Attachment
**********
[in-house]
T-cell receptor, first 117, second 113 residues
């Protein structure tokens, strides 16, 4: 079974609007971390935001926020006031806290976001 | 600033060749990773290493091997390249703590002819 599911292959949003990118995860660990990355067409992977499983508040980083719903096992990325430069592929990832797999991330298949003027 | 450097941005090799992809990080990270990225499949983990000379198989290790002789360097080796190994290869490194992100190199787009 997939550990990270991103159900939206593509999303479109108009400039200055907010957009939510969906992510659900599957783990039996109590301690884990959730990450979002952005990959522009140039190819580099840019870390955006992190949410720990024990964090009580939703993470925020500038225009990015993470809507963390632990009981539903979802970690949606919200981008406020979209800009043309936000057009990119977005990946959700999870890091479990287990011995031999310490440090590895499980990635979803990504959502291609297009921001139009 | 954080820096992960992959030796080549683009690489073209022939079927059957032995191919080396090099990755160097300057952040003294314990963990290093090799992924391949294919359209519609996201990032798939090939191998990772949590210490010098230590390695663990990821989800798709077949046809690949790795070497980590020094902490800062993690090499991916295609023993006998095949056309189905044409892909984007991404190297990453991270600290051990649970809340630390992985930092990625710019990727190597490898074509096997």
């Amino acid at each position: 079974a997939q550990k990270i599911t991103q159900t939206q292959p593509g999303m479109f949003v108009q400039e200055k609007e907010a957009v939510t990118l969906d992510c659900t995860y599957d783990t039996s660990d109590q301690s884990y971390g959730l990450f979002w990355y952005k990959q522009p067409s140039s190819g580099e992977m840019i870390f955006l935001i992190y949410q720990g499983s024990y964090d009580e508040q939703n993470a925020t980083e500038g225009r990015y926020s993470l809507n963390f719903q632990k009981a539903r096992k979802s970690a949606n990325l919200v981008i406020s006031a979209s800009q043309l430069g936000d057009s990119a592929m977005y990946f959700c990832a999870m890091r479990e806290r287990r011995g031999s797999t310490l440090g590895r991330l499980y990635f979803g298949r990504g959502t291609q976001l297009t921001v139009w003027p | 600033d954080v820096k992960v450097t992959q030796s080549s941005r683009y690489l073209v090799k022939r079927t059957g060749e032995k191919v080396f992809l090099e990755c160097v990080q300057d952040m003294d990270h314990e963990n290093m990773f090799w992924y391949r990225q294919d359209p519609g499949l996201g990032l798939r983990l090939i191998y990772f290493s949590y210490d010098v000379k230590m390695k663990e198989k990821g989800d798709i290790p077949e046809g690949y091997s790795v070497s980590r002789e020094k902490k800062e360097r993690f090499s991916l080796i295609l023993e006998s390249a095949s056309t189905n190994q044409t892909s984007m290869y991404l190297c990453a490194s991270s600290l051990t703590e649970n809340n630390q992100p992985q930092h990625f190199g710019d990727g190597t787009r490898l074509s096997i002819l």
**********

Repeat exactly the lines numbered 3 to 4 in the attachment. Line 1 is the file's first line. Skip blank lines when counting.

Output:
């Protein structure tokens, strides 16, 4: 079974609007971390935001926020006031806290976001 | 600033060749990773290493091997390249703590002819 599911292959949003990118995860660990990355067409992977499983508040980083719903096992990325430069592929990832797999991330298949003027 | 450097941005090799992809990080990270990225499949983990000379198989290790002789360097080796190994290869490194992100190199787009 997939550990990270991103159900939206593509999303479109108009400039200055907010957009939510969906992510659900599957783990039996109590301690884990959730990450979002952005990959522009140039190819580099840019870390955006992190949410720990024990964090009580939703993470925020500038225009990015993470809507963390632990009981539903979802970690949606919200981008406020979209800009043309936000057009990119977005990946959700999870890091479990287990011995031999310490440090590895499980990635979803990504959502291609297009921001139009 | 954080820096992960992959030796080549683009690489073209022939079927059957032995191919080396090099990755160097300057952040003294314990963990290093090799992924391949294919359209519609996201990032798939090939191998990772949590210490010098230590390695663990990821989800798709077949046809690949790795070497980590020094902490800062993690090499991916295609023993006998095949056309189905044409892909984007991404190297990453991270600290051990649970809340630390992985930092990625710019990727190597490898074509096997």
């Amino acid at each position: 079974a997939q550990k990270i599911t991103q159900t939206q292959p593509g999303m479109f949003v108009q400039e200055k609007e907010a957009v939510t990118l969906d992510c659900t995860y599957d783990t039996s660990d109590q301690s884990y971390g959730l990450f979002w990355y952005k990959q522009p067409s140039s190819g580099e992977m840019i870390f955006l935001i992190y949410q720990g499983s024990y964090d009580e508040q939703n993470a925020t980083e500038g225009r990015y926020s993470l809507n963390f719903q632990k009981a539903r096992k979802s970690a949606n990325l919200v981008i406020s006031a979209s800009q043309l430069g936000d057009s990119a592929m977005y990946f959700c990832a999870m890091r479990e806290r287990r011995g031999s797999t310490l440090g590895r991330l499980y990635f979803g298949r990504g959502t291609q976001l297009t921001v139009w003027p | 600033d954080v820096k992960v450097t992959q030796s080549s941005r683009y690489l073209v090799k022939r079927t059957g060749e032995k191919v080396f992809l090099e990755c160097v990080q300057d952040m003294d990270h314990e963990n290093m990773f090799w992924y391949r990225q294919d359209p519609g499949l996201g990032l798939r983990l090939i191998y990772f290493s949590y210490d010098v000379k230590m390695k663990e198989k990821g989800d798709i290790p077949e046809g690949y091997s790795v070497s980590r002789e020094k902490k800062e360097r993690f090499s991916l080796i295609l023993e006998s390249a095949s056309t189905n190994q044409t892909s984007m290869y991404l190297c990453a490194s991270s600290l051990t703590e649970n809340n630390q992100p992985q930092h990625f190199g710019d990727g190597t787009r490898l074509s096997i002819l």